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Raddach v. Berryhill

United States District Court, N.D. Indiana, Hammond Division

March 29, 2019

CAROLYN RADDACH, Plaintiff,
v.
NANCY A. BERRYHILL, Acting Commissioner of Social Security, Defendant.

          OPINION AND ORDER

          JOSEPH S. VAN BOKKELEN UNITED STATES DISTRICT JUDGE

         Plaintiff Carolyn Raddach seeks judicial review of the Social Security Commissioner's decision denying her disability benefits and asks this Court to remand the case. For the reasons below, this Court affirms the ALJ's decision.

         A. Overview of the Case

          Plaintiff alleges that she became disabled on November 26, 2012. (R. at 41.) Claimant meets insurance requirements through December 31, 2017. (R. at 149.) Before filing for disability, Plaintiff performed work involving data entry and customer service in 2011 and 2012. (R. at 40.) Ms. Ruddach claims she became disabled due to a combination of chronic headaches and back, neck, shoulder, and hip pain. (R. at 44.) The Administrative Law Judge (“ALJ”) found that Ms. Ruddach was unable to perform her past relevant work (R. at 20.), but that a number of jobs existed in the national and local economy which she could perform. (R. at 21.) As a result, the ALJ denied her disability benefit request on April 29, 2015. (R. at 22.)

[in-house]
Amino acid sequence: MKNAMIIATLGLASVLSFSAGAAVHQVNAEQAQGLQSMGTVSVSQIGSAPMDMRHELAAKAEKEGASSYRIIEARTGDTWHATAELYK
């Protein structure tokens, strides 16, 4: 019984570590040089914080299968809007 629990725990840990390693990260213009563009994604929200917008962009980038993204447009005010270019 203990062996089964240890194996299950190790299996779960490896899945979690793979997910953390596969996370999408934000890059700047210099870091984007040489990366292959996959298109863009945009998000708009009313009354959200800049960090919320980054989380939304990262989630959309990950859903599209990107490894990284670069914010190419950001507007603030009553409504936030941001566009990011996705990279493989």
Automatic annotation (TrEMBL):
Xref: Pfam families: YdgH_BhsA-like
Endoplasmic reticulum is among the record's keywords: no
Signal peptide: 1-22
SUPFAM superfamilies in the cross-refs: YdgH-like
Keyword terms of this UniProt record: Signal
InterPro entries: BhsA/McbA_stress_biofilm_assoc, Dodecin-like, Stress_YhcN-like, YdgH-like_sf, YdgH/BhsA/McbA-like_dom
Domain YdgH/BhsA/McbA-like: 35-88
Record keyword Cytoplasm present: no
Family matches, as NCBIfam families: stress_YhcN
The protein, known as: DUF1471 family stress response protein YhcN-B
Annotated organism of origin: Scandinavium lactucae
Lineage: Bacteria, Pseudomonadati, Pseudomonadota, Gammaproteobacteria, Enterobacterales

B. Standard of Review

          This Court has authority to review the Commissioner's decision under 42 U.S.C. § 405(g). The Court will ensure that the ALJ built an “accurate and logical bridge” from evidence to conclusion. Thomas v. Colvin, 745 F.3d 802, 806 (7th Cir. 2014). This requires the ALJ to “confront the [plaintiff's] evidence” and “explain why it was rejected.” Thomas v. Colvin, 826 F.3d 953, 961 (7th Cir. 2016). The Court will uphold decisions that apply the correct legal standard and are supported by substantial evidence. Briscoe ex rel. Taylor v. Barnhart, 425 F.3d 345, 351 (7th Cir. 2005). Evidence is substantial if “a reasonable mind might accept [it] as adequate to support [the ALJ's] conclusion.” Richardson v. Perales, 402 U.S. 389, 401 (1971).

         C. Disability Standard

         To determine eligibility for disability benefits under the Social Security Act, the ALJ will perform a five-step inquiry:

“(1) whether the claimant is currently employed; (2) whether the claimant has a severe impairment; (3) whether the claimant's impairment is one that the Commissioner considers conclusively disabling; (4) if the claimant does not have a conclusively disabling impairment, whether he can perform his past relevant work; and (5) whether the claimant is capable of performing any work in the national economy.”

Kastner v. Astrue, 697 F.3d 642, 646 (7th Cir. 2012).

         The burden of proof resides with the claimant for the first four steps, shifting to the Commissioner for determination of disability at step five. Clifford v. Apfel, 227 F.3d 863, 868 (7th Cir. 2000).

         D. Analysis

         Plaintiff argues that the ALJ committed three reversible errors: (1) the ALJ did not appropriately address her limitations of concentration, persistence, and pace (Pl.'s Br. at 9); (2) the ALJ failed to consider her impairments collectively (Pl. Br. at 10); (3) the ALJ did not sufficiently consider the her self-reported symptoms in evaluating the intensity, persistence, and limiting effects of those symptoms (Pl.'s Br. at 16).

         (1) Concentration, ...


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